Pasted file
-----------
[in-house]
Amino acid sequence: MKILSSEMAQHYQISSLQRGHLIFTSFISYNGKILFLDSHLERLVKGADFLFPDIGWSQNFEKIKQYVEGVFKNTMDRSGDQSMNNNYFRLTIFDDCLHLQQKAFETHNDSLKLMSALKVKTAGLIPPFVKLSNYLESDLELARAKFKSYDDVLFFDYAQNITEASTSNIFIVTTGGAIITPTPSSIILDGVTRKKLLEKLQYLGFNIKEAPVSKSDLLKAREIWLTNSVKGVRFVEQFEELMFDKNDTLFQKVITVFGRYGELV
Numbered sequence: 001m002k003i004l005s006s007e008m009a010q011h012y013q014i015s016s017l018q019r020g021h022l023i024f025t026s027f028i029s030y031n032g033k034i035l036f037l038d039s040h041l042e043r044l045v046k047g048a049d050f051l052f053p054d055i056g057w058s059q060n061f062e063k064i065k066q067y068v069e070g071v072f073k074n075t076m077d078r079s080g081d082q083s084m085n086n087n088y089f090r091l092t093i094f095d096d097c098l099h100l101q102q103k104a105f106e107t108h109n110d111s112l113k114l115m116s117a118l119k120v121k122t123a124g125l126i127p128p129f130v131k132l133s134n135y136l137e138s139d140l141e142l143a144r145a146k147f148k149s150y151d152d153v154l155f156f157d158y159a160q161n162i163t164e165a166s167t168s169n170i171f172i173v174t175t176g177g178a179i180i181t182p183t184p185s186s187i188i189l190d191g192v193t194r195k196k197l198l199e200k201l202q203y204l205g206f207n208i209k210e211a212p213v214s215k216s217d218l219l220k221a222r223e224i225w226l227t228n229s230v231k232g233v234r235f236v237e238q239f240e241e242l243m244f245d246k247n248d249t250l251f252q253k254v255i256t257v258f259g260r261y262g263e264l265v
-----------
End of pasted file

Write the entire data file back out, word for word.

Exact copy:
[in-house]
Amino acid sequence: MKILSSEMAQHYQISSLQRGHLIFTSFISYNGKILFLDSHLERLVKGADFLFPDIGWSQNFEKIKQYVEGVFKNTMDRSGDQSMNNNYFRLTIFDDCLHLQQKAFETHNDSLKLMSALKVKTAGLIPPFVKLSNYLESDLELARAKFKSYDDVLFFDYAQNITEASTSNIFIVTTGGAIITPTPSSIILDGVTRKKLLEKLQYLGFNIKEAPVSKSDLLKAREIWLTNSVKGVRFVEQFEELMFDKNDTLFQKVITVFGRYGELV
Numbered sequence: 001m002k003i004l005s006s007e008m009a010q011h012y013q014i015s016s017l018q019r020g021h022l023i024f025t026s027f028i029s030y031n032g033k034i035l036f037l038d039s040h041l042e043r044l045v046k047g048a049d050f051l052f053p054d055i056g057w058s059q060n061f062e063k064i065k066q067y068v069e070g071v072f073k074n075t076m077d078r079s080g081d082q083s084m085n086n087n088y089f090r091l092t093i094f095d096d097c098l099h100l101q102q103k104a105f106e107t108h109n110d111s112l113k114l115m116s117a118l119k120v121k122t123a124g125l126i127p128p129f130v131k132l133s134n135y136l137e138s139d140l141e142l143a144r145a146k147f148k149s150y151d152d153v154l155f156f157d158y159a160q161n162i163t164e165a166s167t168s169n170i171f172i173v174t175t176g177g178a179i180i181t182p183t184p185s186s187i188i189l190d191g192v193t194r195k196k197l198l199e200k201l202q203y204l205g206f207n208i209k210e211a212p213v214s215k216s217d218l219l220k221a222r223e224i225w226l227t228n229s230v231k232g233v234r235f236v237e238q239f240e241e242l243m244f245d246k247n248d249t250l251f252q253k254v255i256t257v258f259g260r261y262g263e264l265v